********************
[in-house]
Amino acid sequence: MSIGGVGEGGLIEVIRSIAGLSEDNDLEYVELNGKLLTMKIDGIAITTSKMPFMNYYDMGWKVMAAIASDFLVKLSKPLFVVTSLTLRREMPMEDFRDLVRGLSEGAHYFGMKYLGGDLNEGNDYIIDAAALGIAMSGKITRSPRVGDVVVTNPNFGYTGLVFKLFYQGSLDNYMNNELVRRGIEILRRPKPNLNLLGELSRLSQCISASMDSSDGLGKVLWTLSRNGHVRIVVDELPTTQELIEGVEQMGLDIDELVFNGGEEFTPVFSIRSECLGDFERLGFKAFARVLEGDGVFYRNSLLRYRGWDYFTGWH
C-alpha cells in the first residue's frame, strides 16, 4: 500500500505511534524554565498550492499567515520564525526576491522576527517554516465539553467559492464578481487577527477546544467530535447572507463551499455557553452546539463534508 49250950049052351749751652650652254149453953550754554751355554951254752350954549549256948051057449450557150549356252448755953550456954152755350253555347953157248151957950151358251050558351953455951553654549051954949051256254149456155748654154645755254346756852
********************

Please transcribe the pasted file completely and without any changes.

[in-house]
Amino acid sequence: MSIGGVGEGGLIEVIRSIAGLSEDNDLEYVELNGKLLTMKIDGIAITTSKMPFMNYYDMGWKVMAAIASDFLVKLSKPLFVVTSLTLRREMPMEDFRDLVRGLSEGAHYFGMKYLGGDLNEGNDYIIDAAALGIAMSGKITRSPRVGDVVVTNPNFGYTGLVFKLFYQGSLDNYMNNELVRRGIEILRRPKPNLNLLGELSRLSQCISASMDSSDGLGKVLWTLSRNGHVRIVVDELPTTQELIEGVEQMGLDIDELVFNGGEEFTPVFSIRSECLGDFERLGFKAFARVLEGDGVFYRNSLLRYRGWDYFTGWH
C-alpha cells in the first residue's frame, strides 16, 4: 500500500505511534524554565498550492499567515520564525526576491522576527517554516465539553467559492464578481487577527477546544467530535447572507463551499455557553452546539463534508 49250950049052351749751652650652254149453953550754554751355554951254752350954549549256948051057449450557150549356252448755953550456954152755350253555347953157248151957950151358251050558351953455951553654549051954949051256254149456155748654154645755254346756852